The Porsche series 996 marked the beginning of the modern watercooled era for the 911, which was embraced by some and completely shunned by others. It is interesting that this same sentiment still exists 13 years after the 996 was first introduced in 1999, the proof being that an equivalent model Porsche 993 (the previous generation 911, and the last of the legendary aircooled models) fetches a significantly higher price in today’s used car market. We fully concede that the 996 is not quite as beautiful as the 993 (or even the current 997); its “fried egg” lights up front, lines that were somewhat less sexy than the previous generation, and questionable interior styling definitely take some points off. But for savvy european car enthusiasts, there are indeed some very good reasons for selecting a 996 as your first or next project car buildup. The top incentives being: 1) amazing bargain base prices; 2) very good power, brakes, and handling (it is a real Porsche after all); 3) all inherent problems are now very well documented; and 4) there is an abundance of aftermarket products available.
We decided to back up our claims by starting our own 996 project build. After reviewing the 996 market, we felt that the best bang-for-the-buck model, and the one that had the greatest potential for the type of performance machine we were looking for (i.e., flippin’ fast and slot-car handling) was the 996 Turbo. A 7- to 10-year-old 996TT can be purchased for anywhere between $25,000 and $45,000, depending on age and condition. And it is representative of a true budget supercar, as it once cost some poor (rich) soul well over $100,000.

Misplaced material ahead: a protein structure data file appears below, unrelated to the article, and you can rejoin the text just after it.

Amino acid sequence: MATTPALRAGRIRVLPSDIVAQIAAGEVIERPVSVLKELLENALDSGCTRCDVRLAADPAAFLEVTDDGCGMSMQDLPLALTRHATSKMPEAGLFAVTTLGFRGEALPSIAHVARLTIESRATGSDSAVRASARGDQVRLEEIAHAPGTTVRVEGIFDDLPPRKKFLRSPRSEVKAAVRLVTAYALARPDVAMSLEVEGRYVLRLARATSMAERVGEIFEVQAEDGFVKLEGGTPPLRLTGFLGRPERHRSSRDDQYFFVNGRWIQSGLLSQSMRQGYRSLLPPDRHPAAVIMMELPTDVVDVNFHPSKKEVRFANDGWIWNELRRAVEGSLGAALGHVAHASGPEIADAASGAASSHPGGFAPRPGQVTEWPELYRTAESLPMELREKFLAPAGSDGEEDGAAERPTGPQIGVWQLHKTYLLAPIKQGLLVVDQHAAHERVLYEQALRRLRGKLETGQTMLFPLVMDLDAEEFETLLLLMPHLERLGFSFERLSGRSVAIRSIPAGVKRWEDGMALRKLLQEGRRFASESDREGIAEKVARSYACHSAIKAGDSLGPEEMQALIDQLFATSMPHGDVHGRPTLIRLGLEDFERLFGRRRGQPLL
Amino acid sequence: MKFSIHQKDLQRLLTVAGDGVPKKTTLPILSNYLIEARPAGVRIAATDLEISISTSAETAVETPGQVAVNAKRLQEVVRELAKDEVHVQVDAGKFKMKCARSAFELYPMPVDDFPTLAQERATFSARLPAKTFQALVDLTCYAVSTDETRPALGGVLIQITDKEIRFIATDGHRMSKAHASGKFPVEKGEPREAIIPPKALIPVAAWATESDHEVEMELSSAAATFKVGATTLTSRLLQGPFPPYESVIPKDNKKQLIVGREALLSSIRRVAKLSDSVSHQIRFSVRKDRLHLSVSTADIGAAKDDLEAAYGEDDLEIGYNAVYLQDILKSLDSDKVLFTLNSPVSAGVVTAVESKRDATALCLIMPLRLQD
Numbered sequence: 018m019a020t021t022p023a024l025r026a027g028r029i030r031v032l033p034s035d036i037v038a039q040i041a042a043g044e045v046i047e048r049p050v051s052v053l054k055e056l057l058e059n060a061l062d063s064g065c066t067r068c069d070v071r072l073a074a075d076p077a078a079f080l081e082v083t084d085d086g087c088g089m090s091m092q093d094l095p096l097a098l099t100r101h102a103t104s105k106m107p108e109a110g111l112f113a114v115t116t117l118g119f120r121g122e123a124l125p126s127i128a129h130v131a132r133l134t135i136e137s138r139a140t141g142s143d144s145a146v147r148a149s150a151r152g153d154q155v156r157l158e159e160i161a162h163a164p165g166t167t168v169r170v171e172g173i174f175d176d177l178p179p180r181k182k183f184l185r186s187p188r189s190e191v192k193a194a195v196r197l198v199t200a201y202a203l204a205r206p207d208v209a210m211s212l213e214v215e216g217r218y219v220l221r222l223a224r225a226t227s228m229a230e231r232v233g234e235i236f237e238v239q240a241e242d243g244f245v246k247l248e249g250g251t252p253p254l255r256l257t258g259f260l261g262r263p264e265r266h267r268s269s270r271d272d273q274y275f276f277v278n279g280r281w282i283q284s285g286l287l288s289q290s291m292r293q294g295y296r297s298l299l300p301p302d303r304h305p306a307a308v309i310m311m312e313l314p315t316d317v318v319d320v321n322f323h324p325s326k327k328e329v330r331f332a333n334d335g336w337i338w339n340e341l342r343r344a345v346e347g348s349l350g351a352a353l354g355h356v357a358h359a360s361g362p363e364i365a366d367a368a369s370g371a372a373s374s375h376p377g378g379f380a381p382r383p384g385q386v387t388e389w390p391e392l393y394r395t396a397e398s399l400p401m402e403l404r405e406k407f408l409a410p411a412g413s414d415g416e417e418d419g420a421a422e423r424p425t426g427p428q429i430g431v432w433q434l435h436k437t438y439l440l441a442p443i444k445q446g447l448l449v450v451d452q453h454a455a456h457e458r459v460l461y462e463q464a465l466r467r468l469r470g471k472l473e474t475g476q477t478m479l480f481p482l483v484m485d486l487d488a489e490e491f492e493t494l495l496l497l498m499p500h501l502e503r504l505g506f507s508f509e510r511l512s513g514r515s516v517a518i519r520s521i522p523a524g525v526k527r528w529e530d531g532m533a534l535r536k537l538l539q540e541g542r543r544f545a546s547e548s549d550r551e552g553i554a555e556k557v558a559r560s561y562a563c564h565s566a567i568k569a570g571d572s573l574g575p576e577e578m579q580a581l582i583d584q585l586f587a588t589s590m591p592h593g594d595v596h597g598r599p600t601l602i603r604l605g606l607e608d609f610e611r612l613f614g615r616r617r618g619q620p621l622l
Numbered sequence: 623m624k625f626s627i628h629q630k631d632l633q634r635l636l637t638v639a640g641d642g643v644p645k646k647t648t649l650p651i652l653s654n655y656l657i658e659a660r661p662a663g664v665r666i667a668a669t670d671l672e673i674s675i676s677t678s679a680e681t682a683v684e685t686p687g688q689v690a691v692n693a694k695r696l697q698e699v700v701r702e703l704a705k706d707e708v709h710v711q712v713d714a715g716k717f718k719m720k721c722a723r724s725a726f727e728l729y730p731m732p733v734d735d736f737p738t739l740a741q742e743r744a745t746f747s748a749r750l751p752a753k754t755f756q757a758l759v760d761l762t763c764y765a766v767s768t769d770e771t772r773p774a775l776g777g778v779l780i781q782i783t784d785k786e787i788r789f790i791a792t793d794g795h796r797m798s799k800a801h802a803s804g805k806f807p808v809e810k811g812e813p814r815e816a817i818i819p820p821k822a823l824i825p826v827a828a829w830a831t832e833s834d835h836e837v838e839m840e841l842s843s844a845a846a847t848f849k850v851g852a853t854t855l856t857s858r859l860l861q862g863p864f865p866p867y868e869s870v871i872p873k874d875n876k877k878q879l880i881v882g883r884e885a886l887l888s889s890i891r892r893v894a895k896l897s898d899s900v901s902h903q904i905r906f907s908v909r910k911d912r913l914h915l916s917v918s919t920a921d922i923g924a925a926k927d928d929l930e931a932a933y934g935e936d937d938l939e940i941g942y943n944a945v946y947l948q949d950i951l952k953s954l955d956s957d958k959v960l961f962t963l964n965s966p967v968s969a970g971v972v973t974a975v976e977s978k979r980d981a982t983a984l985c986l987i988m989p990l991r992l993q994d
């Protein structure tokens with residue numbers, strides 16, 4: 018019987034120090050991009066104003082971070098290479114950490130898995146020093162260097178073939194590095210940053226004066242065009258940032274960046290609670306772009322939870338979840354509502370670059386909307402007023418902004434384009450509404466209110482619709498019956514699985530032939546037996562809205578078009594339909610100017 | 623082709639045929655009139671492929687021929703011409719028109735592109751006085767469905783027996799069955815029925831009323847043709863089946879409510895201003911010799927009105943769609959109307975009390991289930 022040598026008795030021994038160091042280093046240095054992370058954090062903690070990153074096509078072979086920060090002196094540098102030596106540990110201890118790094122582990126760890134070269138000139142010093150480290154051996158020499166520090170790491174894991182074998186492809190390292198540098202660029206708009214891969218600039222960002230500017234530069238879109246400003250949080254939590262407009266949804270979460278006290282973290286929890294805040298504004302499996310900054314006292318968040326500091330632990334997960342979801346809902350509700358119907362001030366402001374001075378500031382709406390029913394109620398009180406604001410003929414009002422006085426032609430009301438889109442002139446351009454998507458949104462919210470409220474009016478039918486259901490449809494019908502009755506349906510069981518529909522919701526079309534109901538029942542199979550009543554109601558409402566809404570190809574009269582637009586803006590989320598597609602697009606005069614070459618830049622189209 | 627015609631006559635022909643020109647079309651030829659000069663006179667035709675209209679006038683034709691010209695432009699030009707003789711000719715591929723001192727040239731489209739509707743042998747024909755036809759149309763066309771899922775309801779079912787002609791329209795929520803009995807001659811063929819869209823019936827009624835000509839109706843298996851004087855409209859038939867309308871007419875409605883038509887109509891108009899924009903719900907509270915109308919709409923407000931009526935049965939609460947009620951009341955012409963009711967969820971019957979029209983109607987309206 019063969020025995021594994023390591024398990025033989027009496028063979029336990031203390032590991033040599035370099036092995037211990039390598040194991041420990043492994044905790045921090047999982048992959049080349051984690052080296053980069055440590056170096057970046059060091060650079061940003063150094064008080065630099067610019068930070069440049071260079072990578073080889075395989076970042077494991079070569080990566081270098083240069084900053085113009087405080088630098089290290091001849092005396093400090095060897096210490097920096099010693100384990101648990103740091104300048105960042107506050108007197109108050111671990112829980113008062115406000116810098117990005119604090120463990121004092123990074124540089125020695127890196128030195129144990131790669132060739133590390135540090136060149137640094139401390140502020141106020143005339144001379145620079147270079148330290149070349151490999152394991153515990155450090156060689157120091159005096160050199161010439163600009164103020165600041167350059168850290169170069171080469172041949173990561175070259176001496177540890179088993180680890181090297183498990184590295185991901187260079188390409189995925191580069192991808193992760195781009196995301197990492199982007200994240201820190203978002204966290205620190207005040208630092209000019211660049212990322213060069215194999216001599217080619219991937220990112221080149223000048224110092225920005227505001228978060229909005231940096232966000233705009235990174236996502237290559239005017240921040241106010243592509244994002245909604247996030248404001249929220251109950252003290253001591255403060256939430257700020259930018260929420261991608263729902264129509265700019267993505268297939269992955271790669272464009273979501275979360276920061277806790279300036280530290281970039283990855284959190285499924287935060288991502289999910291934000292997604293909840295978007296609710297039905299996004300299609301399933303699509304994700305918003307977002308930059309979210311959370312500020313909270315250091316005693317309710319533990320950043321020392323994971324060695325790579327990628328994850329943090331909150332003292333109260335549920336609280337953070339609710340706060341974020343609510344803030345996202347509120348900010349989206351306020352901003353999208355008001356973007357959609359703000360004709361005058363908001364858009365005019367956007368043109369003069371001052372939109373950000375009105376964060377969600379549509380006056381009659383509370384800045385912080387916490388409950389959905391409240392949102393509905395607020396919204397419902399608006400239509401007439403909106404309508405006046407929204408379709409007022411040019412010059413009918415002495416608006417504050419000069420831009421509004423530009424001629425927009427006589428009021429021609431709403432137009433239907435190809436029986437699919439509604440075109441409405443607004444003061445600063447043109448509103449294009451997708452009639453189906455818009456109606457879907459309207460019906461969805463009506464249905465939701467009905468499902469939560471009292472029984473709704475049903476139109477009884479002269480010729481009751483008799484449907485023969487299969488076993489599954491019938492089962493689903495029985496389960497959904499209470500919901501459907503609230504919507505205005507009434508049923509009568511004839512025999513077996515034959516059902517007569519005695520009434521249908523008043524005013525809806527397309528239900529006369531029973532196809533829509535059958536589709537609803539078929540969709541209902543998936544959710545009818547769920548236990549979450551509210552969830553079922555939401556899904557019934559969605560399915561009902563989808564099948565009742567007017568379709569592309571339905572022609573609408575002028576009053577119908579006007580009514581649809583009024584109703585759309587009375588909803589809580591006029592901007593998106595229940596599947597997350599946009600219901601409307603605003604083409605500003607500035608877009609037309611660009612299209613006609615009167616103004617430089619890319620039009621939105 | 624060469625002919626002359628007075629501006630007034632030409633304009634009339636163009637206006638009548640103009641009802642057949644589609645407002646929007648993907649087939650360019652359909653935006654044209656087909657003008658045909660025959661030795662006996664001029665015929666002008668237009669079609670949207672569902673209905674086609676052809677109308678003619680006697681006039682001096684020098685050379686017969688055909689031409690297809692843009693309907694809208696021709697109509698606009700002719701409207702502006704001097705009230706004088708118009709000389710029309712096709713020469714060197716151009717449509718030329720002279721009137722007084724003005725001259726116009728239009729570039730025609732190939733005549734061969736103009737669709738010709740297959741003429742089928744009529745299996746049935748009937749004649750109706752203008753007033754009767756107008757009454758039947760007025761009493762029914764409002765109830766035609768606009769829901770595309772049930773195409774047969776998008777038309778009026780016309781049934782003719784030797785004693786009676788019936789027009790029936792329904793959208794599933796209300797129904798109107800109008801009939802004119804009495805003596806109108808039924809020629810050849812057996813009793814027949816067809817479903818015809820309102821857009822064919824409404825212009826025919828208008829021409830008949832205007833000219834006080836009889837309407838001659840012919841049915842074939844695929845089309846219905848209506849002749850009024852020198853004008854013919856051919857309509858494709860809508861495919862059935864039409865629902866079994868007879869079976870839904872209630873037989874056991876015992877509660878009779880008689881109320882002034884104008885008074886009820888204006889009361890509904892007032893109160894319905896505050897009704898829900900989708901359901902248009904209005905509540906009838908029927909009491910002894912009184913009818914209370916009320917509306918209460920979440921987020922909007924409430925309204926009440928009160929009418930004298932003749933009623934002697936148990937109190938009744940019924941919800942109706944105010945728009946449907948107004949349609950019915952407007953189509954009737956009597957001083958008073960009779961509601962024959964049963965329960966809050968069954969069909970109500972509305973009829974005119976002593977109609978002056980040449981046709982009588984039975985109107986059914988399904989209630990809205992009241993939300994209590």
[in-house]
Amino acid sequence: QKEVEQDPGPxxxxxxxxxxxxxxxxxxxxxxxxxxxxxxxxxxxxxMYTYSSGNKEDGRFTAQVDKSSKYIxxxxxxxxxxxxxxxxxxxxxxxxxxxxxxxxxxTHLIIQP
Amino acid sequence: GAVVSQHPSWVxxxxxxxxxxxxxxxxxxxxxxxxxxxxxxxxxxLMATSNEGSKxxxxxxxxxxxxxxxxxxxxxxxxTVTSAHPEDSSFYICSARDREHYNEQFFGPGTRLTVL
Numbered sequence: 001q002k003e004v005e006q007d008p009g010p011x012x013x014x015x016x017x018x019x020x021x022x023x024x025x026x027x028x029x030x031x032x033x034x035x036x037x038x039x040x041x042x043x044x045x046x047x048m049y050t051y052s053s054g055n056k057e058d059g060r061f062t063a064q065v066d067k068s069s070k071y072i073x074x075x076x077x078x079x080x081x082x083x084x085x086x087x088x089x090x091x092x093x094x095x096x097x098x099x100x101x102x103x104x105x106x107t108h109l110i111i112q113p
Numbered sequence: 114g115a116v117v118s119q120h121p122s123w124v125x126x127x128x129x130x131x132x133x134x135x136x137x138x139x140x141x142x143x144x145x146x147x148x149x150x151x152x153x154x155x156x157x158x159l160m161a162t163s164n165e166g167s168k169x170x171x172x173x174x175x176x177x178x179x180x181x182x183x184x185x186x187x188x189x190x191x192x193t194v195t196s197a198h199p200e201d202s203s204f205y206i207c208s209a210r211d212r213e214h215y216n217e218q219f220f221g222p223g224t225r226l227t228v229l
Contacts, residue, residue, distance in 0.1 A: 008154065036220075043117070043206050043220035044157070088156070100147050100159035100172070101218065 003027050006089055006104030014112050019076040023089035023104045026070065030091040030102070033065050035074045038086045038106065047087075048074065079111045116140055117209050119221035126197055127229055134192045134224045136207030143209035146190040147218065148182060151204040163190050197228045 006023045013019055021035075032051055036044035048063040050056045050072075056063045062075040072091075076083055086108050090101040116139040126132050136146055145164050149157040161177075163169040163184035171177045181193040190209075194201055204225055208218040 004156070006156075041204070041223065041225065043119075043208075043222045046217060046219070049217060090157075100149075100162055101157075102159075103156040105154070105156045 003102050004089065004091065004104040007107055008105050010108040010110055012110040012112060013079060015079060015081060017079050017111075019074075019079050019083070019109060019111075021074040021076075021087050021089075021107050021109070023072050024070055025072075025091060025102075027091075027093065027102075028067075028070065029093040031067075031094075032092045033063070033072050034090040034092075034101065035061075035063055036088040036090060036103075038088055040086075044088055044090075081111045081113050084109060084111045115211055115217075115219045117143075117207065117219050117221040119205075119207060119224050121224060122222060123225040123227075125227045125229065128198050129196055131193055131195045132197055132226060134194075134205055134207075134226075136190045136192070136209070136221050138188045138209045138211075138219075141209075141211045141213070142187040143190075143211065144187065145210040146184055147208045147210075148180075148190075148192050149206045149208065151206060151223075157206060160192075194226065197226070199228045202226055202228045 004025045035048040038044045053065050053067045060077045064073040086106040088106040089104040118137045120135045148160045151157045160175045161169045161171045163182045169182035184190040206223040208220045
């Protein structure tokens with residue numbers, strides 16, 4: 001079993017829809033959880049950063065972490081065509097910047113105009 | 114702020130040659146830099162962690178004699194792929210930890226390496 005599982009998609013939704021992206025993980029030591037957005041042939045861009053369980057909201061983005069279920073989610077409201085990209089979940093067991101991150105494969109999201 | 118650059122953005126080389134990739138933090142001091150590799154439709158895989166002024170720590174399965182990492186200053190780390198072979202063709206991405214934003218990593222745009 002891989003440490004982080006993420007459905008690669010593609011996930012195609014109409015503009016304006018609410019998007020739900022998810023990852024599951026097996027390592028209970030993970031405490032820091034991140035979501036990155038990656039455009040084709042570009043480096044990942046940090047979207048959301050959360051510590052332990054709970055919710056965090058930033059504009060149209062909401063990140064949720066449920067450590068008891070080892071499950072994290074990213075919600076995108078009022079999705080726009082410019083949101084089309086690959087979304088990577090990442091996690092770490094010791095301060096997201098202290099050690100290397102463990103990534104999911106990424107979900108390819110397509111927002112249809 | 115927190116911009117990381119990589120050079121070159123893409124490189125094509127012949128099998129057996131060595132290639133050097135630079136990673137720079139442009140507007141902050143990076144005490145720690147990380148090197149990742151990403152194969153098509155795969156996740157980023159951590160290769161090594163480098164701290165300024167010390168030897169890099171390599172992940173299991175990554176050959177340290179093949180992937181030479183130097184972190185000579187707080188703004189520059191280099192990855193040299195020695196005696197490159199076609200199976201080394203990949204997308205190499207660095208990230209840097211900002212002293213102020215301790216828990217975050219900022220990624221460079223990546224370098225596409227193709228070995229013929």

When purchasing a used 996TT there are a few minor mechanical things to look for. Wheel bearings, rear spoiler hydraulic leak (leading to the wing failing to rise at speed), and both the clutch accumulator and slave cylinder are prone to failure and are all known weak points. Also, we recommend a full pre-purchase inspection (PPI) by a well-respected Porsche technician when considering the purchase of any used Porsche.
We began by addressing all outstanding maintenance and repair items, and gave our car a good once-over for both safety and peace of mind. After that formality, we got to know our new friend both on the street and at the track. Getting some seat time will allow you to learn the car and, more importantly, help you decide what direction you want to go in terms of future modifications, if any. As mentioned, our goal will be all-out performance, so most certainly driving the car at the track will red-flag the high-performance deficiencies that we will document in our project car series.
Our subject is a 2001 996 Turbo, which was purchased for $32,000 in California. The “new to us” machine is gloss black with a full black leather interior and adaptive sport seats. As luck would have it, this car came with a few aftermarket upgrades already installed by a previous owner. These goodies include Bilstein PSS9 coilovers, aftermarket engine ECU programming—believed to be Evolution Motorsports (EVOMS), due to the EVOMS air intake box system also installed. The factory exhaust and turbo system are still in place, and with a maximum measured boost 1.1bar, it is highly probable that the car currently has, give or take, 500 hp at the flywheel (note that the factory 2001 996TT was rated at 420 hp at 0.8bar boost). It is comparably as quick or quicker in a straight line than the current 997 GT3, GT3 RS and Turbo models, with the exception of the latest 997.2 Turbo S and the GT2 RS. Essentially, it’s a great place to start our project car build.